Flea Treatment For House
Flea Treatment for Homes
Fleas are a problem that most pet owners must deal with at some point. Even the cleanest houses and the well cared for pets, for likely to at some point have fleas. It is simply one of the more unpleasant parts of owning an animal.
What Are Fleas and What Do They Do?
Fleas are a parasite that lives on our pets. There are cat fleas, dog fleas, rabbit fleas, human fleas, and many others, and most of the different species are able to jump between hosts. So, cat fleas do not necessarily stay on cats.
Fleas can live for between 14 days and one year, and females can lay up to 50 eggs a day. Adult fleas bite and suck the blood of their host, in this case, you or your pet. The main symptoms of flea bites are irritation and itchiness. But they can cause other problems. Some pets (and people) can have an allergic reaction, which can be more serious than mild itching. Too many fleas can also lead to excess blood loss, making your pet weak and tired. Fleas can sometimes also pass other diseases and tapeworms to your pets, causing other symptoms, and even death.
The Signs Your Pet Has Fleas
If you are an experienced pet owner, you might be familiar with the signs and symptoms of fleas. But, if not some of the things that you should be looking out for include:
- Thickened skin
- Scratching more than usual
- Spots and lumps
- Dark specs in their fur
- You may be able to see tiny fleas moving through their fur
- Redness and irrigation
- The humans in your home may have itchy bites
If you or your pet have any of these symptoms, it is time to look at the best flea treatment for house.
Checking for Fleas
The best way to spot fleas, or the symptoms that they bring is to groom your pet carefully, and slowly, with a fine-toothed comb. After each long comb stroke, gently shake the comb over a white sheet of paper. Add a few drops of water to the debris. If it turns a brownish red, this is a common sign that fleas are sucking your pet's blood.
How to Get Rid of Fleas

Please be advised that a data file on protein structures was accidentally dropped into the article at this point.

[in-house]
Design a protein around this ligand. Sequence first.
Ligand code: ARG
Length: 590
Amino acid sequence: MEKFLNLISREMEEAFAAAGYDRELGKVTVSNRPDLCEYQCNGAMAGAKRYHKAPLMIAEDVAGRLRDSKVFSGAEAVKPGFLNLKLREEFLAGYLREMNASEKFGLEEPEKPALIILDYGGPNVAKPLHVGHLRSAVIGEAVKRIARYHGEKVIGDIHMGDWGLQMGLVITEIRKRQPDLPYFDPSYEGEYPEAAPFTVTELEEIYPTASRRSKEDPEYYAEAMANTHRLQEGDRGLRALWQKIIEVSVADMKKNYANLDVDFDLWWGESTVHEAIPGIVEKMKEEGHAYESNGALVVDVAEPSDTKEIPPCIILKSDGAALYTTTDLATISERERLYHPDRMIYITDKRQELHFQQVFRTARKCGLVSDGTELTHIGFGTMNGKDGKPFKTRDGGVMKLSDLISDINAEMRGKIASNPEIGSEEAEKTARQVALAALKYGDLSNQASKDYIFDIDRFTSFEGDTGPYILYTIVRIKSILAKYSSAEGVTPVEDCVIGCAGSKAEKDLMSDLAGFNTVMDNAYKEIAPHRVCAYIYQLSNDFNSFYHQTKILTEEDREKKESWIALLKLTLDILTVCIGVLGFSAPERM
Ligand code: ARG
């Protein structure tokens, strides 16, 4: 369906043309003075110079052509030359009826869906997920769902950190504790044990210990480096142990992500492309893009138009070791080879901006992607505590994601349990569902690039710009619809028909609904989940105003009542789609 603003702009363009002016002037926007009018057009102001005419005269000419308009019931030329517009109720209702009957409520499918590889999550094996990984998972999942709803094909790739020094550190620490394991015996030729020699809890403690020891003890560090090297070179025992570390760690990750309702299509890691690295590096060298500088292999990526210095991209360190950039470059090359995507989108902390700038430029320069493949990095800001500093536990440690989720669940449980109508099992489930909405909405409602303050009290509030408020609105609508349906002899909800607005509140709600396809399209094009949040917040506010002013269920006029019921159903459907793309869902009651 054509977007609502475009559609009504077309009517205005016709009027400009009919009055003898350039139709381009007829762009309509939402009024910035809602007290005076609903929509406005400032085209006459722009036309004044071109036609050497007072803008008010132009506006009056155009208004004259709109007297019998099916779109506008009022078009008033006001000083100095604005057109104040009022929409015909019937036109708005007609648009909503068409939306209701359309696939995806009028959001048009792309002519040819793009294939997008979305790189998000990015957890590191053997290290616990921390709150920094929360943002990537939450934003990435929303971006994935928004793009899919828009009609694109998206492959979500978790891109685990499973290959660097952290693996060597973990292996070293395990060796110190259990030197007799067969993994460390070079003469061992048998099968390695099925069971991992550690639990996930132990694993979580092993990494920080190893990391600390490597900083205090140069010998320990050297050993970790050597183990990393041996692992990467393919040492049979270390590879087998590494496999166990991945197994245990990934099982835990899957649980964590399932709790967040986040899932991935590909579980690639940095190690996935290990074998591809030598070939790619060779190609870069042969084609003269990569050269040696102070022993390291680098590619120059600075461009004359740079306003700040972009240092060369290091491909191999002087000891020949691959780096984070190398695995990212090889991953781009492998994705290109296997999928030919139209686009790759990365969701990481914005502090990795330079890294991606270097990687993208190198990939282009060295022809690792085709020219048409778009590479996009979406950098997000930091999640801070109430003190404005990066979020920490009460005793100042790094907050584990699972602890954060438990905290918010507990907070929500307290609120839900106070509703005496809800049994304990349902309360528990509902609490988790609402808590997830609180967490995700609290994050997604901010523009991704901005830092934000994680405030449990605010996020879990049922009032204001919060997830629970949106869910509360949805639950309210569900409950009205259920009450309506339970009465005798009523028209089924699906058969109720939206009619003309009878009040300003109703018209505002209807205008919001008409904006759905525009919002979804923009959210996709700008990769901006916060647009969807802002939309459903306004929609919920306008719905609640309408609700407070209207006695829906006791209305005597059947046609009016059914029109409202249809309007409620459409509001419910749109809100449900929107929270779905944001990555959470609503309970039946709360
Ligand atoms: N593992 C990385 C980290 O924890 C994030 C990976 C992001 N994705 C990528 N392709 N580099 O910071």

To get rid of fleas completely, you must attack the problem on multiple fronts. It is not enough to simply treat your pet. Adult fleas lay lots of flea eggs. These fall from your pet and grow in areas of your home. They hatch into larvae, which are too small to see, but get into your furniture, on to your doors, all over your clothes, into your garden, and anywhere else. The larvae make a cocoon, and they hatch. These tiny fleas then grow into adults, and the cycle starts again, but this time, there are more of them.
Do, how to get rid of flea? Well, here are some of the things that you can do to keep your pet and home free of fleas.
Brushing your pet helps you to spot the signs of fleas early, perhaps even before they have had the chance to lay eggs. This can help you to control the problem quickly.
Use a Flea Treatment Regularly
Using a flea treatment regularly can help to prevent fleas, kill any that are present, and remove the larvae before they hatch. Flea sprays can be used on both your pet and in your home. A flea spray for home can be used on furniture, wood, carpets, sofas, bedding (yours and your pets), and other areas, and will kill fleas and eggs on contact.
Bathe Your Pet
Keeping your pet clean will help to prevent fleas, so get into regular bathing habits.
When you own a pet, you should be vacuuming thoroughly. The areas that you and your pet spend the most time in should be vacuumed once a day, with other areas done weekly. Make sure you vacuum everywhere, including upholstery and under furniture, so you do not give fleas an easy hiding place.
Wash Your Bedding
Make sure you wash your bedding, and your dog's bedding at least once a week. If your dog ever sleeps on other beds in your house, you should wash those too.
Clean-Up in the Garden
Keep your lawn shortly mown, throw away the cut grass, keep it tidy, and use a flea spray on any toys, tunnels, furniture, and any crawl spaces that your pet might get into.
If you are struggling to get rid of fleas, your pet is having a really rough time, you are worried about symptoms, or you can't seem to keep fleas at bay, you might want to speak to a professional, or your vet, about devising a flea program.